Pointing to the recent announcement by Swiss wealth management company Julius Baer that it is closing its New Providence booking center, Progressive Liberal Party (PLP) Deputy Leader Chester Cooper said the exodus of such international financial groups could lead to the decimation of the middle class.
At least 30 Bahamians will lose their jobs as a result of the closure.
Cooper said if this trend continues, the middle class will be unrecognizable.
“To help those unfamiliar with this industry understand, these are jobs that pay very good salaries and carry excellent benefits. They allow Bahamians to purchase homes, insurance, spur construction, pay school fees, buy cars, employ others, start businesses, pay taxes and stimulate the economy in a real and measurable way,” Cooper said while contributing to debate on amendments to the Investment Funds Bill, 2020 in the House of Assembly yesterday.
“The way of life for many Bahamians is under direct threat as the industry shifts and The Bahamas is left without answers in the face of this. I am advised that another large international bank is preparing to cut as many as 27 of these very same jobs. Many of the people let go will now have to defer retirement plans, dip heavily into their savings, perhaps reconsider their children’s education and all their investments. There may be dark days ahead for some.”
Julius Baer’s reason for closing its New Providence booking center was to address margin pressure and structurally lower the group’s cost base by 2022.
The company has more than 60 locations worldwide.
The move also comes as the country’s financial services sector continues its fight to remain on the right side of international tax monitoring agencies.
“We need to now ask ourselves seriously, what the future holds for the offshore financial services industry in The Bahamas. And we need to act now. You would see that those financial institutions that have pivoted to the Latin America market with special emphasis on investment funds are best poised to survive,” Cooper said yesterday.
“However, through blacklisting and bullying, our confidentiality regime has been badly compromised and with that we have lost a great deal of our competitive edge. There must be, and this is not optional, a strategic plan by the government for the industry to enhance and protect jobs for the middle class.”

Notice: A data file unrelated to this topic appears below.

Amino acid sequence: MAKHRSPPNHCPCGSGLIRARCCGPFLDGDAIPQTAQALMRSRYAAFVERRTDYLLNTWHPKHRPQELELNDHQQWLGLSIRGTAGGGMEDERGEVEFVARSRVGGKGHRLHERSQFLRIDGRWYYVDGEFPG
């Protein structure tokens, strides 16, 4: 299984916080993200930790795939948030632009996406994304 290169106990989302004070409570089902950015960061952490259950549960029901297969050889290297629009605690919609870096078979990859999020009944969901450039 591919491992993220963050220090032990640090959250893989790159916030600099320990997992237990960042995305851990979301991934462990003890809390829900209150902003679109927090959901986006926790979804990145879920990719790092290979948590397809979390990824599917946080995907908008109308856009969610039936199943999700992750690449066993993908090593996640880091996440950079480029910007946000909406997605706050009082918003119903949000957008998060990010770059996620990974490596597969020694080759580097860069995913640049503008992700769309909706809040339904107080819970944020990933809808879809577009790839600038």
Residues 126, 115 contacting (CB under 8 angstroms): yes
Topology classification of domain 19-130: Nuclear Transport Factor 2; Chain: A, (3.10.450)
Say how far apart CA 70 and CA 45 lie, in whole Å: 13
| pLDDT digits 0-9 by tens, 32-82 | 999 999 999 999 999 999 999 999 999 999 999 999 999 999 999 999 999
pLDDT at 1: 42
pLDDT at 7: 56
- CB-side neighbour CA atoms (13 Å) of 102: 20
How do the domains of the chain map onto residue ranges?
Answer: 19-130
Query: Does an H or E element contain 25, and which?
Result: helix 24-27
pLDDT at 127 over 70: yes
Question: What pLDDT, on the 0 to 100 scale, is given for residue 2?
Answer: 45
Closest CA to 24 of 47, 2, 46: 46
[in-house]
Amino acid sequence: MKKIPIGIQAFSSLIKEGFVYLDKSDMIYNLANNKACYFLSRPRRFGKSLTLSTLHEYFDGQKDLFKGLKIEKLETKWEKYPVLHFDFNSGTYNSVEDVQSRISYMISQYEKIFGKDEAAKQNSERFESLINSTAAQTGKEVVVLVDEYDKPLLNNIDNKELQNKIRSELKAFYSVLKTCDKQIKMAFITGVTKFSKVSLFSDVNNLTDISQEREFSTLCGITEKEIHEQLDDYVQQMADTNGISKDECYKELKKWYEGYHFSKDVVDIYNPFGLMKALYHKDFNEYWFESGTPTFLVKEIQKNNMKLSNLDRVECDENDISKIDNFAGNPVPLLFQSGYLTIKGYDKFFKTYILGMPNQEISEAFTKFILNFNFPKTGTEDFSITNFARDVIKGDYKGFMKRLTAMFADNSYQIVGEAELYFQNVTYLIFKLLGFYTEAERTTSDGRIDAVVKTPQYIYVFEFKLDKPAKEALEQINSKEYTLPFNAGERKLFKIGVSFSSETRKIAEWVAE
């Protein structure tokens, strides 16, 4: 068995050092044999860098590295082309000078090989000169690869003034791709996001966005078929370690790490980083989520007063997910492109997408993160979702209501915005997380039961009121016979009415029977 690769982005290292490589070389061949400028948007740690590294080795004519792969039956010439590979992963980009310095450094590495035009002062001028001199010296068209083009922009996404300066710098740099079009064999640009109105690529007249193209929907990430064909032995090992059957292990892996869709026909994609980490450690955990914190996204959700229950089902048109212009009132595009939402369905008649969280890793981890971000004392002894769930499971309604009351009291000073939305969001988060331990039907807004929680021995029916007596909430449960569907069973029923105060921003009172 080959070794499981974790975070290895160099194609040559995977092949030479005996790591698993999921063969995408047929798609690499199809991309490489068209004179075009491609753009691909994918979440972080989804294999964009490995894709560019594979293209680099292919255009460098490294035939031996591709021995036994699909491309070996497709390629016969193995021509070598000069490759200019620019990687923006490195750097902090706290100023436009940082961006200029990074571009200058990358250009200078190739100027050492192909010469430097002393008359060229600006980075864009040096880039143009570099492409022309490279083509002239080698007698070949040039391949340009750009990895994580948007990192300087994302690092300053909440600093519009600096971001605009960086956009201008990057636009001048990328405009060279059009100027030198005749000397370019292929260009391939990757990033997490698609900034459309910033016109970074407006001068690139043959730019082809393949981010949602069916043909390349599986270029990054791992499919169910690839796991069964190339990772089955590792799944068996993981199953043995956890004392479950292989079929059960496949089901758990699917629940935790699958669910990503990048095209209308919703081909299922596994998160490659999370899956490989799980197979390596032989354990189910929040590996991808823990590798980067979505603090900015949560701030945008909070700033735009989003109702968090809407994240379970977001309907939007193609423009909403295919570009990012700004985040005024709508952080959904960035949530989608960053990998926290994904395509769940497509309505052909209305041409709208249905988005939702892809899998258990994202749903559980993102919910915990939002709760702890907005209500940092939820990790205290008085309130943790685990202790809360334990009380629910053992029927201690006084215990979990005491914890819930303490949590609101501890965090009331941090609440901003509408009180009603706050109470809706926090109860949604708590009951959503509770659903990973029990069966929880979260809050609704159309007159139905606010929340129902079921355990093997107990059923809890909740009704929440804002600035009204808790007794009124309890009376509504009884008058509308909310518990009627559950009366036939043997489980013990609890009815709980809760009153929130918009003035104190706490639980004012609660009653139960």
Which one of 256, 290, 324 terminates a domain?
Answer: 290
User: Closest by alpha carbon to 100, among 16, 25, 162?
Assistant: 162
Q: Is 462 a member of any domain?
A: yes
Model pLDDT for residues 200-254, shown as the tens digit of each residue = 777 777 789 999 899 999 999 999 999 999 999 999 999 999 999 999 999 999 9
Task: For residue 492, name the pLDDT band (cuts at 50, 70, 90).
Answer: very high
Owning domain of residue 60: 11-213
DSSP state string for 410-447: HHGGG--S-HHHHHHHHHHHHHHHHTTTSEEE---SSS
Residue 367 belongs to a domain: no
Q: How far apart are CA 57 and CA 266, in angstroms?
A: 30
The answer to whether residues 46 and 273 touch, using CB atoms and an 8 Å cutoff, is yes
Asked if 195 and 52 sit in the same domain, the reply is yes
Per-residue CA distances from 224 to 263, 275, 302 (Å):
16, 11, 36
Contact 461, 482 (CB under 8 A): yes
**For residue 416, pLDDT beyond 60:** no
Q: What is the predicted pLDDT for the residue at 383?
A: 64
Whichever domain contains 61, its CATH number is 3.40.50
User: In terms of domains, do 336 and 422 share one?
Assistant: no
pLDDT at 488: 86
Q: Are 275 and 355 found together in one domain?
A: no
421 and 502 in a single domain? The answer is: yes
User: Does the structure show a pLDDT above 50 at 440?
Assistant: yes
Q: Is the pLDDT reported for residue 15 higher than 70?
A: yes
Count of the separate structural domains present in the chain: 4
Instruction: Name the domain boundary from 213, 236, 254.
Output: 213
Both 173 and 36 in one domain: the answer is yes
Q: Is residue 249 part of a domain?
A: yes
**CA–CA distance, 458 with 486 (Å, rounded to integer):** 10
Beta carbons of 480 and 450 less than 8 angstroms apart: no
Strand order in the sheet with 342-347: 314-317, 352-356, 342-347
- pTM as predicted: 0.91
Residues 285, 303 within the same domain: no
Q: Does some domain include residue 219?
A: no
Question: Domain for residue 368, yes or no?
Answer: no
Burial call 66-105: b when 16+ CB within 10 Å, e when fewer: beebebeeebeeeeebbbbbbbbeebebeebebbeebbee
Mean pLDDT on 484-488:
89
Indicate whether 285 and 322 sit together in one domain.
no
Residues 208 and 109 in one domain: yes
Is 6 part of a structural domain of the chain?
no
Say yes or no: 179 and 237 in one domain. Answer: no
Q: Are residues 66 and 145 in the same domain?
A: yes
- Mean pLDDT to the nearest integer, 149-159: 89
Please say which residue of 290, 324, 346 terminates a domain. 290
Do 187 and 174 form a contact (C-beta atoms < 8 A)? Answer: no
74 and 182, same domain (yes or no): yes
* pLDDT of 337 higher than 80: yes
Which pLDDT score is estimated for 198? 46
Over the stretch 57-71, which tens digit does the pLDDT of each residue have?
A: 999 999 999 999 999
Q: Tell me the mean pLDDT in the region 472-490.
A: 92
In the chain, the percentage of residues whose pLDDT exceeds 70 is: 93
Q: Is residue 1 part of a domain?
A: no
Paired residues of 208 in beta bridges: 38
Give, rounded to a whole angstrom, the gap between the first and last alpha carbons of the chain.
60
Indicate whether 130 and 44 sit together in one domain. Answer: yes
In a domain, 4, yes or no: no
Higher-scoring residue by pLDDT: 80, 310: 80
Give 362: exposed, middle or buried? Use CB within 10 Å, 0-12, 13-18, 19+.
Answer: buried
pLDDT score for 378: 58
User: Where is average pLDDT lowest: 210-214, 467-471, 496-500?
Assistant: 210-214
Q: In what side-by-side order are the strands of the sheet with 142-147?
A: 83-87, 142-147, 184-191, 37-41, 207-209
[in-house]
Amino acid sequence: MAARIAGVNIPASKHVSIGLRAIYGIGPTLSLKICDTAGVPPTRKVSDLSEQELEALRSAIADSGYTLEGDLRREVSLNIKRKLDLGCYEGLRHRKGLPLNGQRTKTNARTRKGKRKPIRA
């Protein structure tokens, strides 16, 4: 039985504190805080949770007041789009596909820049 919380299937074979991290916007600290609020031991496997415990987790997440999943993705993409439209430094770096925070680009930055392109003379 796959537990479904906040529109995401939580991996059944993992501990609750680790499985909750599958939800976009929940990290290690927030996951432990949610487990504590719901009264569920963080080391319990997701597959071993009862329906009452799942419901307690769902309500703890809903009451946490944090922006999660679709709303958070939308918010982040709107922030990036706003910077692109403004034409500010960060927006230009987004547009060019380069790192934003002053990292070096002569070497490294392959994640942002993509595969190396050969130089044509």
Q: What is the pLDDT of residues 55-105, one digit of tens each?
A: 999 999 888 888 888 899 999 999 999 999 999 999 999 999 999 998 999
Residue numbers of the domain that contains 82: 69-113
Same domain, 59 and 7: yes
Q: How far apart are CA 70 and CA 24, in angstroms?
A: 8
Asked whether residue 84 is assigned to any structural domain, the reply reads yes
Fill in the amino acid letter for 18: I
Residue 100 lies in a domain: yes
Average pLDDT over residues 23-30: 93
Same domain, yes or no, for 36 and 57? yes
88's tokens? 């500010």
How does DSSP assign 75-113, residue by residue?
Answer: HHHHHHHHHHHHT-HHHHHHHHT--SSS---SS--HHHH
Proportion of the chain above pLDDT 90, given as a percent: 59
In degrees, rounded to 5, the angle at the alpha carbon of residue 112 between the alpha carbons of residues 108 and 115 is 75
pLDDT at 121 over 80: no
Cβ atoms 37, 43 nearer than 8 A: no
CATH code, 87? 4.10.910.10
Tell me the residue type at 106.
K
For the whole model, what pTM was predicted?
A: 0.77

In the past two years alone, The Bahamas has endured being added to at least six “gray and blacklists” by various financial centers and global watchdogs.
Cooper said it’s time for the country to change its business model.
“Our business model has to transform. We need to focus on real international business having a presence here that is supported by the sector. We need real economic substance and presence. This will require sensible and harmonious immigration policy that is properly monitored and facilitated,” he said.
“It will require making sure we tout what is attractive for people who set up these companies to move their families here. And making sure that living and working in The Bahamas is sold as an attractive option. This will mean robust ease of doing business reforms, policies and processes to make this happen. When organizations like the BFSB go around the world selling The Bahamas, they are doing precisely that. And we have to make sure we are able to follow through.”
He continued, “We also need a more efficient companies registry. Global regulation is impacting all jurisdictions and The Bahamas must be able to compete on service delivery.
“We need to leverage opportunities in fintech, go after the captive business we lost and dig more deeply into the funds space, as this legislation allows us to do. Businesses won’t flourish if we don’t address inefficiencies in service areas that are meant to support this industry.”